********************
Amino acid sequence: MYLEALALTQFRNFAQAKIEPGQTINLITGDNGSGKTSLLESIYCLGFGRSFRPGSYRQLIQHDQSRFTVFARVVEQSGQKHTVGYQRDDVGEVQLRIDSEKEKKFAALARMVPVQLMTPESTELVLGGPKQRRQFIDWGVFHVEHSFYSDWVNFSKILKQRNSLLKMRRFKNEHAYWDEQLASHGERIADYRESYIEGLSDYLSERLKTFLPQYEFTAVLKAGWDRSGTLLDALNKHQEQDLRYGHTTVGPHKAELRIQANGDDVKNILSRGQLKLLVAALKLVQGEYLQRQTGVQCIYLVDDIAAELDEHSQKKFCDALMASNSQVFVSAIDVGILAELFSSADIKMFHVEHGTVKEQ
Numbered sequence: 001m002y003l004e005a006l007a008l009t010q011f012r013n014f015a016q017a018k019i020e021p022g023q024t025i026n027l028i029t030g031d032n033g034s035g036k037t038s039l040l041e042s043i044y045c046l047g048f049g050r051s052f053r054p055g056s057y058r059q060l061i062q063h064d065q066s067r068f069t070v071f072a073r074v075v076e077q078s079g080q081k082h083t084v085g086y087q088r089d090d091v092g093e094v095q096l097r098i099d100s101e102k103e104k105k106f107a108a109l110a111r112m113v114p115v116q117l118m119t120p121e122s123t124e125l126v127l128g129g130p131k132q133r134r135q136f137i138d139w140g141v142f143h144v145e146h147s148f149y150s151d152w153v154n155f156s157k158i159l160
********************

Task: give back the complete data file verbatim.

Amino acid sequence: MYLEALALTQFRNFAQAKIEPGQTINLITGDNGSGKTSLLESIYCLGFGRSFRPGSYRQLIQHDQSRFTVFARVVEQSGQKHTVGYQRDDVGEVQLRIDSEKEKKFAALARMVPVQLMTPESTELVLGGPKQRRQFIDWGVFHVEHSFYSDWVNFSKILKQRNSLLKMRRFKNEHAYWDEQLASHGERIADYRESYIEGLSDYLSERLKTFLPQYEFTAVLKAGWDRSGTLLDALNKHQEQDLRYGHTTVGPHKAELRIQANGDDVKNILSRGQLKLLVAALKLVQGEYLQRQTGVQCIYLVDDIAAELDEHSQKKFCDALMASNSQVFVSAIDVGILAELFSSADIKMFHVEHGTVKEQ
Numbered sequence: 001m002y003l004e005a006l007a008l009t010q011f012r013n014f015a016q017a018k019i020e021p022g023q024t025i026n027l028i029t030g031d032n033g034s035g036k037t038s039l040l041e042s043i044y045c046l047g048f049g050r051s052f053r054p055g056s057y058r059q060l061i062q063h064d065q066s067r068f069t070v071f072a073r074v075v076e077q078s079g080q081k082h083t084v085g086y087q088r089d090d091v092g093e094v095q096l097r098i099d100s101e102k103e104k105k106f107a108a109l110a111r112m113v114p115v116q117l118m119t120p121e122s123t124e125l126v127l128g129g130p131k132q133r134r135q136f137i138d139w140g141v142f143h144v145e146h147s148f149y150s151d152w153v154n155f156s157k158i159l160